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Thirty Years and We Still Do NOT Know What We are Doing!

This is the first in a series of articles that will bring the latest research into architecture to you in useful bit size pieces.

Whether you take Zachman’s 1987 paper as the start of the architectural time-line or not doesn’t really matter. The point stands that architecture, as in the planning of IT systems, has now been around for thirty years. And so why do people still refer to it as emergent? It’s because although we may know what a good architecture programme looks like we still struggle to know how to achieve it. How is it that after all this time there’s still a different definition of architecture for every book written on it; well almost! I guess it comes down to knowing what architecture is. If we knew that we could sort out its epistemology. We might actually have a chance of deciding what matters and what doesn’t. In short we could identify its Critical Success Factors (CSF). It has long been recognized that architecture lacks this kind of basic research. ‘Although a wide range of topics is covered, the discipline is lacking basic research.’ (Langenberg and Wegmann 2004 Enterprise Architecture: What Aspects is Current Research Targeting?) ‘enterprise architecture is a new discipline and it will not mature unless substantial basic research will be made’.(Noran 2003).

Well some of that ‘basic research’ has finally been done (Hope 2015 The Critical Success Factors of Enterprise Architecture). And some of the results are to say the least a bit disturbing. Like the fact that given a choice of CSFs drawn from the literature a college of over 200 Architects basically can’t tell you what the CSFs are. In fact, they can barely differentiate the critical from the merely important. Even then they are a lot further from consensus than you’d expect or like.

Architects were asked to rate the importance CSFs on a scale of 1 to 5 with 1 being Not Important and 5 Critically Important. Most CSFs were rated 3 or higher by 85% of the respondents. This situation is exasperated when it is revealed that ‘bogus’ CSFs rated as highly as the genuine ones. When filtered for ‘critical’ only you finally get some insight. Just for the record they were: Alignment with Business 68%, Coordination with Developers 37%,Purpose of Architecture 47%, Commitment to the Use of Architecture 51% and Consultation and Communication 74%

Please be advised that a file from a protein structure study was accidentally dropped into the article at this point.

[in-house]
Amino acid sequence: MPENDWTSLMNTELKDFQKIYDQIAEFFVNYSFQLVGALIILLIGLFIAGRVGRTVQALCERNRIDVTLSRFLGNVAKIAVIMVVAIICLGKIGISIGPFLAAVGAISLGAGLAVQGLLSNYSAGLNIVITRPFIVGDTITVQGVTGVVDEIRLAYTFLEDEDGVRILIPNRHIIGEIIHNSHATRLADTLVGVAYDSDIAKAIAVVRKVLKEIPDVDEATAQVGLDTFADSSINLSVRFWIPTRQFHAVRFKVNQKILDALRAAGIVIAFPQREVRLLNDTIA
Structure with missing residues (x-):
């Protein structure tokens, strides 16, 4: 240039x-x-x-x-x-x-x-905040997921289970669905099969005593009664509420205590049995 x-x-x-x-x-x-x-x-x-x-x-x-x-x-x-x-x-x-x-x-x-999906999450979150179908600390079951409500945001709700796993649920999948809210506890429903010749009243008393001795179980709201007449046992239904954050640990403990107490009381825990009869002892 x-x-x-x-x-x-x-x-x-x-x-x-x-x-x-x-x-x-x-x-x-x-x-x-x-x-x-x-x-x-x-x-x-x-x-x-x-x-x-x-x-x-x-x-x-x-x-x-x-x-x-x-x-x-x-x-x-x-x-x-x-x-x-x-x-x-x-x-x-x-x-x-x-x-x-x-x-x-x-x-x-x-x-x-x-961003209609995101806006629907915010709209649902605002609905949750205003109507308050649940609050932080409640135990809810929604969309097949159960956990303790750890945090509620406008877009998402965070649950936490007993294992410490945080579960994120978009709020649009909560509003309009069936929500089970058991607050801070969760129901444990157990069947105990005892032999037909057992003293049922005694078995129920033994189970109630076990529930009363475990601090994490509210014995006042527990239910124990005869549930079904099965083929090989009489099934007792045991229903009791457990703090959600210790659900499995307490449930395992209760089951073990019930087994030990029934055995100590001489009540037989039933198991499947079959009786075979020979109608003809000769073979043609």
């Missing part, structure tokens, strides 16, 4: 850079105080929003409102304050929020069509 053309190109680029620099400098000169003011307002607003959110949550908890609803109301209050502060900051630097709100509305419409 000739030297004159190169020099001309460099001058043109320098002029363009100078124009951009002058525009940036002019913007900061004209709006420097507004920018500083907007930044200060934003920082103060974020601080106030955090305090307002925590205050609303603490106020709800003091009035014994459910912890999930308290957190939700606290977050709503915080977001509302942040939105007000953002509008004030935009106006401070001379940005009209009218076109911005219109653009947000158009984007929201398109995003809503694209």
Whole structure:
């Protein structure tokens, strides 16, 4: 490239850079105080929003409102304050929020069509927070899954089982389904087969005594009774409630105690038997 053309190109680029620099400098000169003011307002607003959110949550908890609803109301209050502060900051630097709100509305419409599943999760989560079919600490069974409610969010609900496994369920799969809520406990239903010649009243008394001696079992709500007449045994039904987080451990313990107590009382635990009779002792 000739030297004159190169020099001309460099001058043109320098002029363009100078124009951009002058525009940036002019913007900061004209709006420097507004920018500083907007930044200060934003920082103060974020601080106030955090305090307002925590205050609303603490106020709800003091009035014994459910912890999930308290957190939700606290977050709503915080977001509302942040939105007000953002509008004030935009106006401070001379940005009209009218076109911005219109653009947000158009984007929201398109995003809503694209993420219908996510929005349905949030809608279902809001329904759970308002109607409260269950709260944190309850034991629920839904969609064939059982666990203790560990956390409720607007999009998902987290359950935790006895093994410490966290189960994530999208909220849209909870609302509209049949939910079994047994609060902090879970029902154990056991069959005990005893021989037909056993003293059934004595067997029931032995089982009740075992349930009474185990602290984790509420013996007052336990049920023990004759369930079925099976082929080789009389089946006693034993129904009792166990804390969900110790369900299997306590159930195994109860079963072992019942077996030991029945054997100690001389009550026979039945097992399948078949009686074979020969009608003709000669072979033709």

But the results are particularly comforting when you realize that out of 25 CSFs only five were picked by more than a third of Architects and only two by seriously more than half the respondents. The research also notes a disturbing tendency for anything that ‘sounds’ rigorous or objectively assessable to be marked down. ‘Formal methodologies, tools, quality control, maintenance and budgeting are all objectively assessable tasks. Curiously, for a discipline concerned with detail it seems that rigor is unwelcome’ (Hope 2015).

Furthermore, the architects’ choices don’t tally with the academic research.

Academic CSFs
Critical Success Factor Critical %
Use of Formal Methodology    63
Use of Tools    25
Strategy for the Development of Architecture    33
Monitoring & Compliance    30
Commitment to the Use of Architecture    42
Consultation and Communication    51

Arguably this data is just as indecisive as the survey data and is possibly biased by the methodological bent of the literature. Could it be that we can’t get consensus because we’re not asking the right questions? It seems that the classical empirical approach to this problem has failed. That failure is underlined, perhaps ironically, by the survey responses to questions about how well the architects thought they executed against the CSFs. ‘Only two CSFs were considered to have been excellently executed and only by around 10% of respondents. These are Alignment with the Business at 11%, considered critical by 68% and Understanding the AS-IS State with 10%, considered critical by 33% of respondents. Consultation and Communication, considered critical by 74% of respondents, scores only 8%.’

So, what does this all mean? Basically neither the academics nor the practitioners know what matters and it seems that perhaps many things may be important in different ways. That there is no ‘golden’ to-do list, no TOGAF like body of knowledge is going to save us. We’re talking about the need for an alternative paradigm, something that Architects unfortunately aren’t typically familiar with. Purpose Driven Architecture Practice (PDAP) offers such a new paradigm. If you haven’t heard of it, that’s not surprising the research was only published in late 2015. PDAP takes an empirically substantiate approach to architecture practice to develop a socio-centric approach. Suggesting that architecture consists of three Architectonic Activities, whether you like it or not these activities are going on all the time and they determine the fate of the programme.

For more information about PDAP or PraXtice email

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What’s really going on in architecture – Update 3